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I have built an SSIS job in visual studio 2005 that accesses a flat file and updates a table in SQL Server 2005. This works perfectly. I then store a copy on SQL Server by using the server storage option in the protection level property. When I try to run this it cannot locate the flat file. The flat file is located on a server and I use the IP address to access it. I have noticed that if I remove my maping to this server and run the job from visual studio, it cannot find it either. Hoe do I access the file from SQL Server 2005 ? I intend to schedule this job to run automatically on SQL Server. Many Thanks for any help you can give. Ronnie Carlin

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1 Answer 1

Just to avoid anything more complex being the issue, check what account the job is being run under (e.g. has a procy and credential) or whether it is using the base SQL Agent account, and then check whether that account has access rights to the folder \ file you are trying to import. Had that catch us out more than once.

Edited to include the additional information in the main answer.

When SQL Agent runs a job it does not use your account, even if you initiated the job execution - it uses the SQL Agent account. The account the SQl Agent is set up under (by default) or a named account you specidy with a proxy / credential. You might be able to access the folder, but you need to check what account SQL Agent is running under and whether it can access it.

To find out which account the job is running under by default you can access it via Start -> Program files ->SQL Server -> Configuration Tools -> SQL Server Configuration Manager. In the 2005 Services SQL Server Agent will be listed, right click properties, first tab shows what account the Agent is being run under.

However, if you need a job running under a specific account I would advise you create a proxy / credential and not alter the agent account - since that is the account all the other jobs are using.

Credential and proxy are different objects within SQL, Credentials are stored under the security folder / credentials - that is where you create a credential and place your AD username / pwd. The proxy then asks you to select a credential from the list of credentials already stored on the system - not your domain\user at that point.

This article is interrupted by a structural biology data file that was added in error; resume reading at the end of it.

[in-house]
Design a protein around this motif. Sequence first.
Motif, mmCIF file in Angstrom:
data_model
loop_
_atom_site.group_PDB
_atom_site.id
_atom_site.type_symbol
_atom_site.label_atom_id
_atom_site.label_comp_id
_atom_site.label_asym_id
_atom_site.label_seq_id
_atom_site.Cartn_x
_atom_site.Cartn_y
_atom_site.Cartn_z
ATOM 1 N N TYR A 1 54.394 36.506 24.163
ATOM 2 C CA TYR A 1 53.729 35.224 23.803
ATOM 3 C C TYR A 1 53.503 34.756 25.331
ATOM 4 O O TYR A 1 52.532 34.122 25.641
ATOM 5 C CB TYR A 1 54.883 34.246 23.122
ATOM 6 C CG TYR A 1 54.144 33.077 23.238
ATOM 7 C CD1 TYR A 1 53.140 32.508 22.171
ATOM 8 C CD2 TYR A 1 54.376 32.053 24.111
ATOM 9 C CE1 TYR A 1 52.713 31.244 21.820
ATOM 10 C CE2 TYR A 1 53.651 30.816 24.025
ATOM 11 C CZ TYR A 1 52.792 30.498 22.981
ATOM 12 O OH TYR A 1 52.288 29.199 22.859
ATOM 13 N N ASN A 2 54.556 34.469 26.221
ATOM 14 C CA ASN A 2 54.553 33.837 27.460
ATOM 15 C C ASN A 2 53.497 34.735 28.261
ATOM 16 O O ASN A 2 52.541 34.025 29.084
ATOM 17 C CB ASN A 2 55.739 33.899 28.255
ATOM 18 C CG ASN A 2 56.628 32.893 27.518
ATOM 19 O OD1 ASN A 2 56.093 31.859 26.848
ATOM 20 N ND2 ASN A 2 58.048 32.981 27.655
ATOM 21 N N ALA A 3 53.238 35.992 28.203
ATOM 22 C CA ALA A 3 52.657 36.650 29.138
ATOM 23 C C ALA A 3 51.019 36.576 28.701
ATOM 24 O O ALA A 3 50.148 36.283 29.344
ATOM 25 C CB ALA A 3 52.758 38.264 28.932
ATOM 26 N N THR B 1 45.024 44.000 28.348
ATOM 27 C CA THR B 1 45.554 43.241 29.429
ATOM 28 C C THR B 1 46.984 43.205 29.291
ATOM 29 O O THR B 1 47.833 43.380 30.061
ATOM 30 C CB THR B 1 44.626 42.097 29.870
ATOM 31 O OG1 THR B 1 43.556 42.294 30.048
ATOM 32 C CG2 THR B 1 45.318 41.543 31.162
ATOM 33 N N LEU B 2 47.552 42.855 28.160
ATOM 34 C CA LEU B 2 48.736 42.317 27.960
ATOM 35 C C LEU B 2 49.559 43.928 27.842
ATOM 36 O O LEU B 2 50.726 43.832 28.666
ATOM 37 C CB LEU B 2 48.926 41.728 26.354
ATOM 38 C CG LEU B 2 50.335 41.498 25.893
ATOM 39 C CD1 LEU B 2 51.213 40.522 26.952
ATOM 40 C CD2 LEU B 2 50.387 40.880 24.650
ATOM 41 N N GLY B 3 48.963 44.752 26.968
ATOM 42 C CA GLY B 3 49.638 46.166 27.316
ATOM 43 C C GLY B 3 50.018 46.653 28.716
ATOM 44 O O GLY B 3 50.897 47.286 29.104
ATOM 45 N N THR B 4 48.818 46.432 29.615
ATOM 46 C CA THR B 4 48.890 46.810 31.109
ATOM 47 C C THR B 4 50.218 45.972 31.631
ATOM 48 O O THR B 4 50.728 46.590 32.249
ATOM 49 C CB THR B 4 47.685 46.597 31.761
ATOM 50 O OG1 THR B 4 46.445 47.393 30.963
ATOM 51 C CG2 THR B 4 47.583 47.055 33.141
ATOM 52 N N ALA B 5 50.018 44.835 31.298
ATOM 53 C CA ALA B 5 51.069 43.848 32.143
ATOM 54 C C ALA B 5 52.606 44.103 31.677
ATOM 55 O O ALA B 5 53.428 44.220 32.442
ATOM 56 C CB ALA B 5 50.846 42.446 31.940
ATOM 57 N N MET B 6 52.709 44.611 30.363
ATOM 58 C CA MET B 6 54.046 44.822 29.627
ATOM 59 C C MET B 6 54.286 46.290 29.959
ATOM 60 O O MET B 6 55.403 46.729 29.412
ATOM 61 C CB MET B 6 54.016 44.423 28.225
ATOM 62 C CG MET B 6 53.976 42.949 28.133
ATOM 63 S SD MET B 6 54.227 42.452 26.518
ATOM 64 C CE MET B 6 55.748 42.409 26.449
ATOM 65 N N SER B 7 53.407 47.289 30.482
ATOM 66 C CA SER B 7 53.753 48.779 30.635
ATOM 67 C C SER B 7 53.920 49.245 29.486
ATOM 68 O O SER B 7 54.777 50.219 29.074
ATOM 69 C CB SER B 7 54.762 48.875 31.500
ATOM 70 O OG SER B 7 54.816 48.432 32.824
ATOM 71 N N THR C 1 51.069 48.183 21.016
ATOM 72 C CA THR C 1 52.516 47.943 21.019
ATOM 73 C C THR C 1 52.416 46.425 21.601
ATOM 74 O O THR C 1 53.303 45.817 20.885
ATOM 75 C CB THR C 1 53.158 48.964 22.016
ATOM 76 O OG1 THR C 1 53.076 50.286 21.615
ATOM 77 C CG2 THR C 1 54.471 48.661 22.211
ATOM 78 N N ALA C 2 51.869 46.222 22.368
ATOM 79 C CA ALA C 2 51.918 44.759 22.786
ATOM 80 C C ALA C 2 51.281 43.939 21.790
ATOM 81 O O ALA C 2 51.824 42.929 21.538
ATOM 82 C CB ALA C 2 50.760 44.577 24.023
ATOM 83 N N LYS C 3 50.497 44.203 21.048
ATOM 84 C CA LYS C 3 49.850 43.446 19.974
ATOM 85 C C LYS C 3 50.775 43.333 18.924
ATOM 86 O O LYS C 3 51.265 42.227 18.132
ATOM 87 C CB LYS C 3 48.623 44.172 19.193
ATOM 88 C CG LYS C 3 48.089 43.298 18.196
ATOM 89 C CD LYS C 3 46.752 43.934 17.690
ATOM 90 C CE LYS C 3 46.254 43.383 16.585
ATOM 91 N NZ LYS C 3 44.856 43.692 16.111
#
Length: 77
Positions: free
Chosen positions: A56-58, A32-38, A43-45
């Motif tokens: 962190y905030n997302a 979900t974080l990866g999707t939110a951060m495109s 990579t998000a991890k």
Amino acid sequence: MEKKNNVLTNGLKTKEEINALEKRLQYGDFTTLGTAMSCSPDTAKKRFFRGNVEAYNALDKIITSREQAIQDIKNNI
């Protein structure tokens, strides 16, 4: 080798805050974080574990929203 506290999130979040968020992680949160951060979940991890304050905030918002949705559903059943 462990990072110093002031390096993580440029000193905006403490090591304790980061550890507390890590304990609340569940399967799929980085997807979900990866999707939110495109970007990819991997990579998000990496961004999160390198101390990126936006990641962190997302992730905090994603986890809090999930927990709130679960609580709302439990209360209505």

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Thanks for your help Andrew. I am not sure what you mean by account. When I connect to SQL Server I use Windows authentication and my windows account can access this folder. Thanks Ronnie –  Ronnie Carlin Oct 7 '09 at 9:51
Andrew, How do I determine whataccount it is running under ? I have checked the properties for SQL Server Agent but can't see anything there. –  Ronnie Carlin Oct 7 '09 at 10:19
Andrew thanks a lot for your help with this I have been a developer for many years but I am relatively new to SQL Server so I am struggling a bit. I have decide that the way forward is to create a proxy account for this job. basically all I want is for the job to run with the same rights as my windows account so it can access the required folder. When I create the proxy account, it asks me for a credential name and I enter my domain\login but it doesn't like that telling me that it does not exist. Any suggestions. –  Ronnie Carlin Oct 7 '09 at 11:16
Hi Andrew I created an entry under credentials with my logon and password. I then created a proxy under SSIS package execution and it allowed me to select the credentials that I had just created. I wasn't sure how to tell the job to use this proxy but I noticed that the job step (it's a 1 step job) , in the general properties had something called 'run as' which allowed the selection of SQL Agent service account or my new proxy. I selected my proxy but when I run it it fails with the helpful message "the job failed" ??? –  Ronnie Carlin Oct 7 '09 at 13:45
You've got the right place to specify your proxy, you can specify it per step. You now need to inspect the SQL log or add a log provider to your package so it tells you why it is failing. You have at least now got it executing under your AD account, which it was not doing before. –  Andrew Oct 7 '09 at 14:02

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